The White House has defended President Donald Trump's decision to invite controversial Philippines President Rodrigo Duterte to Washington, saying his cooperation was needed to counter North Korea.
It comes as the administration faces human rights criticism for its overture to Manila.
Mr Trump issued the invitation on Saturday night in what the White House said was a "very friendly" phone conversation with Mr Duterte, who is accused by international human rights groups of supporting a campaign of extrajudicial killings of drug suspects in the Philippines.
"There is nothing right now facing this country and facing the region that is a bigger threat than what's happening in North Korea," White House chief of staff Reince Priebus told ABC's This Week during a weekend in which Mr Trump sought to firm up support in Southeast Asia to help rein in North Korea's nuclear and missile programs.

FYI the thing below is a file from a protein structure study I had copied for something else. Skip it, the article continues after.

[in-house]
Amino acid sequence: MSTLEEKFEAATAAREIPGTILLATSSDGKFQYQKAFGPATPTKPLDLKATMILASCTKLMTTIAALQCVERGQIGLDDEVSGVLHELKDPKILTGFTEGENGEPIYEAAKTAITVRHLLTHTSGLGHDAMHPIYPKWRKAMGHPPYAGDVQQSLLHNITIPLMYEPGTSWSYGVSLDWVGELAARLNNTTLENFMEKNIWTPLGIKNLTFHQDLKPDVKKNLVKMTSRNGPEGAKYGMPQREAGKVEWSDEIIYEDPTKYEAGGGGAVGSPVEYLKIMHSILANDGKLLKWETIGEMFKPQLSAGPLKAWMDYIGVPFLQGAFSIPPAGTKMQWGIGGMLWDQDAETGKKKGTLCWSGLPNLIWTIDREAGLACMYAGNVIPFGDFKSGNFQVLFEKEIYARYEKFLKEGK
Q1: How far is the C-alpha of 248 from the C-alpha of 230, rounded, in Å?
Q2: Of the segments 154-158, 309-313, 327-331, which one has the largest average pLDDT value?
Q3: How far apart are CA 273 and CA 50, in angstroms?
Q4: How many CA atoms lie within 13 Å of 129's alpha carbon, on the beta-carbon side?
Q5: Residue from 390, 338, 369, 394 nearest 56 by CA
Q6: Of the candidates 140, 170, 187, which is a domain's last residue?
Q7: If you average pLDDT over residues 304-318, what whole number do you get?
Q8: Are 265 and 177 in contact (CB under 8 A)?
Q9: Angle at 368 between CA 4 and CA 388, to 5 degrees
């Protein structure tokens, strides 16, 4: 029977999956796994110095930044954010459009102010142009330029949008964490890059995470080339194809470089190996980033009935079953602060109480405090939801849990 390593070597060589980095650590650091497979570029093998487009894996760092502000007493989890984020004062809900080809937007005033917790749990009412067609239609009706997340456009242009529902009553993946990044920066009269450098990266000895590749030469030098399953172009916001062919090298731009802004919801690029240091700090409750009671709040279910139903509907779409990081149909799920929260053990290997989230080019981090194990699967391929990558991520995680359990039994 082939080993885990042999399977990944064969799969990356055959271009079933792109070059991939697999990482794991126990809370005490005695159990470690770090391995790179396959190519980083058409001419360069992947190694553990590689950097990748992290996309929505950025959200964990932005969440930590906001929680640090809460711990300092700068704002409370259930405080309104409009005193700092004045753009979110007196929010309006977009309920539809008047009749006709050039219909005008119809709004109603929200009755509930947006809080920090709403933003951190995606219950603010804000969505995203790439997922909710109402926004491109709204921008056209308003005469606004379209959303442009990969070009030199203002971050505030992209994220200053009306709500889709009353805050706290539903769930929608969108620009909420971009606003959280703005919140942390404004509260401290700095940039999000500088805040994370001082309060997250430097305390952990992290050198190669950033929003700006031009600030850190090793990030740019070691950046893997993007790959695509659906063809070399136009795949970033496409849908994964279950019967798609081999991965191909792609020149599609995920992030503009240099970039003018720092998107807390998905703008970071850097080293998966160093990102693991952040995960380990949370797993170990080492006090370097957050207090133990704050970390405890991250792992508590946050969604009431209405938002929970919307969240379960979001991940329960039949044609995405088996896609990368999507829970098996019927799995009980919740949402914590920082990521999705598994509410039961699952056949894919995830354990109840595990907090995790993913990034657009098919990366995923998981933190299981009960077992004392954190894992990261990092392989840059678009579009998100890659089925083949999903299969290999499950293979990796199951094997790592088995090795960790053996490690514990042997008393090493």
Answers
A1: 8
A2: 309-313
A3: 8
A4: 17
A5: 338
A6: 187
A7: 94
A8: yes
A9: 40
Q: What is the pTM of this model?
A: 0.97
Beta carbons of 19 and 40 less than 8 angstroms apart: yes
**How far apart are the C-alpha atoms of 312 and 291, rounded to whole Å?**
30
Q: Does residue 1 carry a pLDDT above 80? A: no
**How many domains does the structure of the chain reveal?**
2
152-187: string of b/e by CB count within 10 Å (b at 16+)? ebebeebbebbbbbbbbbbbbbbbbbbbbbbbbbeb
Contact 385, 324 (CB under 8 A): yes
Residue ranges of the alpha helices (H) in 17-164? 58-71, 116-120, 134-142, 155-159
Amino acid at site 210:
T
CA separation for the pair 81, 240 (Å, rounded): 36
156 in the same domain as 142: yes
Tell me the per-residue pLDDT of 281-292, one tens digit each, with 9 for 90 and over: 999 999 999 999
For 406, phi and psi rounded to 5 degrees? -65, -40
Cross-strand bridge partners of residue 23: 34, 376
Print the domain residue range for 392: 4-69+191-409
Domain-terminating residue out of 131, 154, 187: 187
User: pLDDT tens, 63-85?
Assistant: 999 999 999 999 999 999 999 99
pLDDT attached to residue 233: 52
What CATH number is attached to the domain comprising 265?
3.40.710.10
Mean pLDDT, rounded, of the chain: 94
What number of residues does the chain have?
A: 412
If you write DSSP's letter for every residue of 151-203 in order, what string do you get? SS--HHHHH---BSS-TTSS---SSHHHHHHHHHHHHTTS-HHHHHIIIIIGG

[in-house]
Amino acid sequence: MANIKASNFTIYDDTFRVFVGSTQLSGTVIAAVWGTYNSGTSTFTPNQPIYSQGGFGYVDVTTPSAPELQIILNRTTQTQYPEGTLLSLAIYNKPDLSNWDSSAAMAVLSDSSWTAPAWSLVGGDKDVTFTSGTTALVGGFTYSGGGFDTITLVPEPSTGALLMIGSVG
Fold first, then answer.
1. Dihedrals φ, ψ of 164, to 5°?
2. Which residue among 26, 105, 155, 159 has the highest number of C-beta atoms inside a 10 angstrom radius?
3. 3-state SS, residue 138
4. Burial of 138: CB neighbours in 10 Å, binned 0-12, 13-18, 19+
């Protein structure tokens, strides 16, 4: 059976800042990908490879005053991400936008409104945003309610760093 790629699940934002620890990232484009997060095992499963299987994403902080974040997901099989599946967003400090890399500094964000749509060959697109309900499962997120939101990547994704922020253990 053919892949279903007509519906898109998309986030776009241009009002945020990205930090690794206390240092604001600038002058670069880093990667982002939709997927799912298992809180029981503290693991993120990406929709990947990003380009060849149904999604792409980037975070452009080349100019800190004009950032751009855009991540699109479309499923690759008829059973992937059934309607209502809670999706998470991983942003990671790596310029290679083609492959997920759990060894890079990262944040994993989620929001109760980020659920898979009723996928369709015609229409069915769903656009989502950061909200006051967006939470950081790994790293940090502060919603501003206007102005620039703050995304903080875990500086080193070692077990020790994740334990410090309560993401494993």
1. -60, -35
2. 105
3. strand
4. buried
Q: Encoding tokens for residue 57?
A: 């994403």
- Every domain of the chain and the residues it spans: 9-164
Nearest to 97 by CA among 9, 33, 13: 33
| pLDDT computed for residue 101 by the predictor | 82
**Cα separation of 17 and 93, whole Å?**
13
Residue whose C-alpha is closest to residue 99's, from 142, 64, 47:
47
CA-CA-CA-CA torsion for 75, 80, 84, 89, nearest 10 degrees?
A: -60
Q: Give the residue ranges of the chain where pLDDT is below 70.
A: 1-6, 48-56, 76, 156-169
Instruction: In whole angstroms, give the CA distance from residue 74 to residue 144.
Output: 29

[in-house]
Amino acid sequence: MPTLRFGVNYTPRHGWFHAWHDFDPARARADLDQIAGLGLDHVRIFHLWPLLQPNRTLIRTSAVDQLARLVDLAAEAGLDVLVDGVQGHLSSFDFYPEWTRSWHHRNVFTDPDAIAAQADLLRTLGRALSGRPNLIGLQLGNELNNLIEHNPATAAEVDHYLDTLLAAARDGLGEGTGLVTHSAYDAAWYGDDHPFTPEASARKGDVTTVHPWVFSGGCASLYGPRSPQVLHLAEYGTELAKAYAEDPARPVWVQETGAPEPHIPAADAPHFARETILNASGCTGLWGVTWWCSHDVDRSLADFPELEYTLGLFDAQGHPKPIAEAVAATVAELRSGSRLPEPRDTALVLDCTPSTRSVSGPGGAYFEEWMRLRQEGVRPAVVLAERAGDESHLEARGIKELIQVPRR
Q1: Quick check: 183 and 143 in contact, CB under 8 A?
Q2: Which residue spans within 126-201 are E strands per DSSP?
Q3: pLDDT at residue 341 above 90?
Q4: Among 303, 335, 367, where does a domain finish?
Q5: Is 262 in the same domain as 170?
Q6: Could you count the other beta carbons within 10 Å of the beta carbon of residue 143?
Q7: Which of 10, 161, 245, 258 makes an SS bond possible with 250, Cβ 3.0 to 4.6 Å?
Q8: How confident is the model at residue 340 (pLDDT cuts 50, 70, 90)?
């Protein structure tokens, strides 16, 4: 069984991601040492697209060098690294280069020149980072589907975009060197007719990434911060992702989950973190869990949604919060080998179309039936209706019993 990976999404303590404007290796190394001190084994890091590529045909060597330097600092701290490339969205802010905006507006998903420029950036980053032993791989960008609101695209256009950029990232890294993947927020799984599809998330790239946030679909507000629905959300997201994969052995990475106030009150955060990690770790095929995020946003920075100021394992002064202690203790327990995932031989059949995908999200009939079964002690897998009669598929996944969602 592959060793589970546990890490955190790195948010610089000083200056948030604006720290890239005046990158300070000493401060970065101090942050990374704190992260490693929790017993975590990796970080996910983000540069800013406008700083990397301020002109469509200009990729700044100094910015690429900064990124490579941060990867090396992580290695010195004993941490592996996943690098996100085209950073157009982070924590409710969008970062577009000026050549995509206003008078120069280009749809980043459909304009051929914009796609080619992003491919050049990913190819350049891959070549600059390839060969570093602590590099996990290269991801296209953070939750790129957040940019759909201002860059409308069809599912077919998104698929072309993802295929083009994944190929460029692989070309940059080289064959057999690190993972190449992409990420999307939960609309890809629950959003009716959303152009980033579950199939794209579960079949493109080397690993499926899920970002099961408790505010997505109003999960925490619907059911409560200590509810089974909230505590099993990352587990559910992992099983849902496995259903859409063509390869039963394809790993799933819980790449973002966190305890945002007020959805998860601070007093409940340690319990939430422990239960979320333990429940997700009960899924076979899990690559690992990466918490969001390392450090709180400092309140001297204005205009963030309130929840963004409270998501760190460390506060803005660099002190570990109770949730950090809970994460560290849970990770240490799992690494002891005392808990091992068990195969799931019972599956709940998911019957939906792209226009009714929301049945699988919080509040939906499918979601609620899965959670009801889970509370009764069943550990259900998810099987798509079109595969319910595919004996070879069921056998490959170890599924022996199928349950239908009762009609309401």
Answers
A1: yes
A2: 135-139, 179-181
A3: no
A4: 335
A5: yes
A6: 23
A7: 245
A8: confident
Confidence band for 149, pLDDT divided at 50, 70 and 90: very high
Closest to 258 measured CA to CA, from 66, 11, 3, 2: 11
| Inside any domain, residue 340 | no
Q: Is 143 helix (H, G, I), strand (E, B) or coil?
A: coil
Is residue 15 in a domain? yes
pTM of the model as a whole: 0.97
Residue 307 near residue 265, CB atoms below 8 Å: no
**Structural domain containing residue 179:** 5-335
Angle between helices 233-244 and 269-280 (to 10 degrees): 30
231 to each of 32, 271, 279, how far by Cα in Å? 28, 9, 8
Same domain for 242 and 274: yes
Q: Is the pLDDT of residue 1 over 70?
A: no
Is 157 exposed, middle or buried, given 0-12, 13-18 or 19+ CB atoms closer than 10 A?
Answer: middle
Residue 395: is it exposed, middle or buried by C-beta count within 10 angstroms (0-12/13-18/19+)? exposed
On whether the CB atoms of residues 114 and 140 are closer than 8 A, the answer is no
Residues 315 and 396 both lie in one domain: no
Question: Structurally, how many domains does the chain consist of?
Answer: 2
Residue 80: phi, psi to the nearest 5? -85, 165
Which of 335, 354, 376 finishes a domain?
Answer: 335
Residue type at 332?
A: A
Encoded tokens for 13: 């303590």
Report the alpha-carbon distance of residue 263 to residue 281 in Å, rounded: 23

Mr Priebus insisted the outreach to Mr Duterte "doesn't mean that human rights don't matter, but what it does mean is that the issues facing us developing out of North Korea are so serious that we need cooperation at some level with as many partners in the area as we can get to make sure we have our ducks in a row".
Mr Duterte has warned the US against playing into North Korean leader Kim Jong-un's hands.
"The guy (Kim) simply wants to end the world, that is why he is very happy. He is always smiling. But he really wants to finish everything," Mr Duterte said at the weekend.
Mr Duterte last year compared himself to Adolf Hitler, saying he was "happy" to exterminate drug users, like Hitler did to millions of Jews.
Reuters / Newshub.